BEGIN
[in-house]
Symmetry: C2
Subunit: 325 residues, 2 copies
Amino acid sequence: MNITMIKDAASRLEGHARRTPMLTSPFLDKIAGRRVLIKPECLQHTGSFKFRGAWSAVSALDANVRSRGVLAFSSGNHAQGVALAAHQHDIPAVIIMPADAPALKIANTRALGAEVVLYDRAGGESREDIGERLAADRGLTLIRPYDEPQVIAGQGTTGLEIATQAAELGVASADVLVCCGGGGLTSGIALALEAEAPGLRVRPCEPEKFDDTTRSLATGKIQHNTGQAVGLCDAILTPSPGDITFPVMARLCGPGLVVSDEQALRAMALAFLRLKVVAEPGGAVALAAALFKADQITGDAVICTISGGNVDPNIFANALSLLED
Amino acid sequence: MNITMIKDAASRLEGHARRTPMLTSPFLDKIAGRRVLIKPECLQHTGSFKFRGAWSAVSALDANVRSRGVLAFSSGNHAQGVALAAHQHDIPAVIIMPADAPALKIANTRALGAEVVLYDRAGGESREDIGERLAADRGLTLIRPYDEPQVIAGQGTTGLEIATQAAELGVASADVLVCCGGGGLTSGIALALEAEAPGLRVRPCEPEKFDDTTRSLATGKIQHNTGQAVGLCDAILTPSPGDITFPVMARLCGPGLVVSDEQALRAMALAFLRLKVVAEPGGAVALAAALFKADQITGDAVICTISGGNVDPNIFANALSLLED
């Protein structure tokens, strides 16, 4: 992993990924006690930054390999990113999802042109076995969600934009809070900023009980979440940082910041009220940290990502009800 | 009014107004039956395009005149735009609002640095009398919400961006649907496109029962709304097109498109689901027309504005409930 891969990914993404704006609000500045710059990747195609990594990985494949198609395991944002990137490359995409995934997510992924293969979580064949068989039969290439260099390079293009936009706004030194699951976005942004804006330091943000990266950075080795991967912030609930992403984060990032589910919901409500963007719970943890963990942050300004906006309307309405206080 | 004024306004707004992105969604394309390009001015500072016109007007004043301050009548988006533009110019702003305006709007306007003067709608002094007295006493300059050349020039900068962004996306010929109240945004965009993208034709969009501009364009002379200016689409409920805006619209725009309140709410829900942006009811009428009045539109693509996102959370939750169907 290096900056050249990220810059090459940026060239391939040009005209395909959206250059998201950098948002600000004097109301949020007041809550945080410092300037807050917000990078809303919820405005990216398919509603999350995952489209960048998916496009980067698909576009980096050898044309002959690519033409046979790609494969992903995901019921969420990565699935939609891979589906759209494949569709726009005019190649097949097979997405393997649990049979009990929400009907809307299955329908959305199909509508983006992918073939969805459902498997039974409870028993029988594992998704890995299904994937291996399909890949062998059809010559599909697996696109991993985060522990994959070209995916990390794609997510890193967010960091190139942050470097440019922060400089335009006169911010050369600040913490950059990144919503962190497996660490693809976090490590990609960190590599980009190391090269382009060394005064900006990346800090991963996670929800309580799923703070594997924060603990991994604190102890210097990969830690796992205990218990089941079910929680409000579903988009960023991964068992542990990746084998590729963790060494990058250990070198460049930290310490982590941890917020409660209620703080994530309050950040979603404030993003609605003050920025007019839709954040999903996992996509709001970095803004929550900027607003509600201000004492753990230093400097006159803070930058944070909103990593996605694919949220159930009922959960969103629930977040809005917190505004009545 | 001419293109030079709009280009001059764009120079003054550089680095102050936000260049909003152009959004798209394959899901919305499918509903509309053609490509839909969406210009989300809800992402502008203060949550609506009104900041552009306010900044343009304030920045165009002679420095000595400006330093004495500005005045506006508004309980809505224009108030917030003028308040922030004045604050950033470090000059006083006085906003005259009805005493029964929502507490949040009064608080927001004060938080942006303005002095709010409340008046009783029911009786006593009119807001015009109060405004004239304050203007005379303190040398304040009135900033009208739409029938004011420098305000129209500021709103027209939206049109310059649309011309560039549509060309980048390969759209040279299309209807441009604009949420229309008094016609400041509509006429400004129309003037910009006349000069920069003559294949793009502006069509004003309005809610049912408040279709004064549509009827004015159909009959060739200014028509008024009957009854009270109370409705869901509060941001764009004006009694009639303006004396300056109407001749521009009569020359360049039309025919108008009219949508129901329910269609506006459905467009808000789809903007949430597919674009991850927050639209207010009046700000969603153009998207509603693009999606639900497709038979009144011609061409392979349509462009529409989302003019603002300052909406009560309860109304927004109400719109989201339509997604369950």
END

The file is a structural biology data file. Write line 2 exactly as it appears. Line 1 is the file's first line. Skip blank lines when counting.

Symmetry: C2